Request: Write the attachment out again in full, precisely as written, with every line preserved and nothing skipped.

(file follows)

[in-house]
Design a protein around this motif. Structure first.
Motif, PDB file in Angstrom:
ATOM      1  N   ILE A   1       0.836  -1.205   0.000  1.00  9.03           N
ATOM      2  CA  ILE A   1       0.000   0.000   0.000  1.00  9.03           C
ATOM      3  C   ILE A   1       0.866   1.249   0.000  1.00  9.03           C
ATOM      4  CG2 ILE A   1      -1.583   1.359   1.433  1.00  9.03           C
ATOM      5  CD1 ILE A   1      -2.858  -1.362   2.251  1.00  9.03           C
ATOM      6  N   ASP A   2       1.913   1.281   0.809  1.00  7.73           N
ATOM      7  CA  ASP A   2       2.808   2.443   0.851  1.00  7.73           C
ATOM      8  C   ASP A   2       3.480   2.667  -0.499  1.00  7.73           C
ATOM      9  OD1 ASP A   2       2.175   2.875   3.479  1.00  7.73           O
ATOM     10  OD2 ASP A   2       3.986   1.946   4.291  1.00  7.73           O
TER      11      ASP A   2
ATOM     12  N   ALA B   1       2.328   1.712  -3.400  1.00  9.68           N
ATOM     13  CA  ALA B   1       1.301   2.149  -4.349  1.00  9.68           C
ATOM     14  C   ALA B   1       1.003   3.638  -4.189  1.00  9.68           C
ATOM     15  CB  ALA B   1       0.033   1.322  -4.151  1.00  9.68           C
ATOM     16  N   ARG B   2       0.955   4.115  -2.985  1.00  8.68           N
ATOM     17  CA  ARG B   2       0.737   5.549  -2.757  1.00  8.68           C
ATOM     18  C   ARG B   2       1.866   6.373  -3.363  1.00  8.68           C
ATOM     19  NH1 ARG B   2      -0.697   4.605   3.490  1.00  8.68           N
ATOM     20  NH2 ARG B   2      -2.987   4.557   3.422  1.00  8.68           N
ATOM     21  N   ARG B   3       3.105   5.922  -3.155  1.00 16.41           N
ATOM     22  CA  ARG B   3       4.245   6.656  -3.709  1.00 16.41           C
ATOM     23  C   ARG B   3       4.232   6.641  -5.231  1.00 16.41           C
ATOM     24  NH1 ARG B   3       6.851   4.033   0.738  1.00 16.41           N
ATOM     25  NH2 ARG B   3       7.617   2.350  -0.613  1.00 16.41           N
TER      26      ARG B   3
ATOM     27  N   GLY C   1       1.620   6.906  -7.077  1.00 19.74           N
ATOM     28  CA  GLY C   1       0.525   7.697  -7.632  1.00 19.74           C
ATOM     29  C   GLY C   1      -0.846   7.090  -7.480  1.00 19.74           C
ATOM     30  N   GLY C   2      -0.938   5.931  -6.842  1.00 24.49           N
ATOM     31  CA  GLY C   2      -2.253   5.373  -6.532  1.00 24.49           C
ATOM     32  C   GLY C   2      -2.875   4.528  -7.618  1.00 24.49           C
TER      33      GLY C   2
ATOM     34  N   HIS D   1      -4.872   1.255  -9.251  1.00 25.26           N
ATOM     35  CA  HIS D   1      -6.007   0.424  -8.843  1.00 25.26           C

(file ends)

[in-house]
Design a protein around this motif. Structure first.
Motif, PDB file in Angstrom:
ATOM      1  N   ILE A   1       0.836  -1.205   0.000  1.00  9.03           N
ATOM      2  CA  ILE A   1       0.000   0.000   0.000  1.00  9.03           C
ATOM      3  C   ILE A   1       0.866   1.249   0.000  1.00  9.03           C
ATOM      4  CG2 ILE A   1      -1.583   1.359   1.433  1.00  9.03           C
ATOM      5  CD1 ILE A   1      -2.858  -1.362   2.251  1.00  9.03           C
ATOM      6  N   ASP A   2       1.913   1.281   0.809  1.00  7.73           N
ATOM      7  CA  ASP A   2       2.808   2.443   0.851  1.00  7.73           C
ATOM      8  C   ASP A   2       3.480   2.667  -0.499  1.00  7.73           C
ATOM      9  OD1 ASP A   2       2.175   2.875   3.479  1.00  7.73           O
ATOM     10  OD2 ASP A   2       3.986   1.946   4.291  1.00  7.73           O
TER      11      ASP A   2
ATOM     12  N   ALA B   1       2.328   1.712  -3.400  1.00  9.68           N
ATOM     13  CA  ALA B   1       1.301   2.149  -4.349  1.00  9.68           C
ATOM     14  C   ALA B   1       1.003   3.638  -4.189  1.00  9.68           C
ATOM     15  CB  ALA B   1       0.033   1.322  -4.151  1.00  9.68           C
ATOM     16  N   ARG B   2       0.955   4.115  -2.985  1.00  8.68           N
ATOM     17  CA  ARG B   2       0.737   5.549  -2.757  1.00  8.68           C
ATOM     18  C   ARG B   2       1.866   6.373  -3.363  1.00  8.68           C
ATOM     19  NH1 ARG B   2      -0.697   4.605   3.490  1.00  8.68           N
ATOM     20  NH2 ARG B   2      -2.987   4.557   3.422  1.00  8.68           N
ATOM     21  N   ARG B   3       3.105   5.922  -3.155  1.00 16.41           N
ATOM     22  CA  ARG B   3       4.245   6.656  -3.709  1.00 16.41           C
ATOM     23  C   ARG B   3       4.232   6.641  -5.231  1.00 16.41           C
ATOM     24  NH1 ARG B   3       6.851   4.033   0.738  1.00 16.41           N
ATOM     25  NH2 ARG B   3       7.617   2.350  -0.613  1.00 16.41           N
TER      26      ARG B   3
ATOM     27  N   GLY C   1       1.620   6.906  -7.077  1.00 19.74           N
ATOM     28  CA  GLY C   1       0.525   7.697  -7.632  1.00 19.74           C
ATOM     29  C   GLY C   1      -0.846   7.090  -7.480  1.00 19.74           C
ATOM     30  N   GLY C   2      -0.938   5.931  -6.842  1.00 24.49           N
ATOM     31  CA  GLY C   2      -2.253   5.373  -6.532  1.00 24.49           C
ATOM     32  C   GLY C   2      -2.875   4.528  -7.618  1.00 24.49           C
TER      33      GLY C   2
ATOM     34  N   HIS D   1      -4.872   1.255  -9.251  1.00 25.26           N
ATOM     35  CA  HIS D   1      -6.007   0.424  -8.843  1.00 25.26           C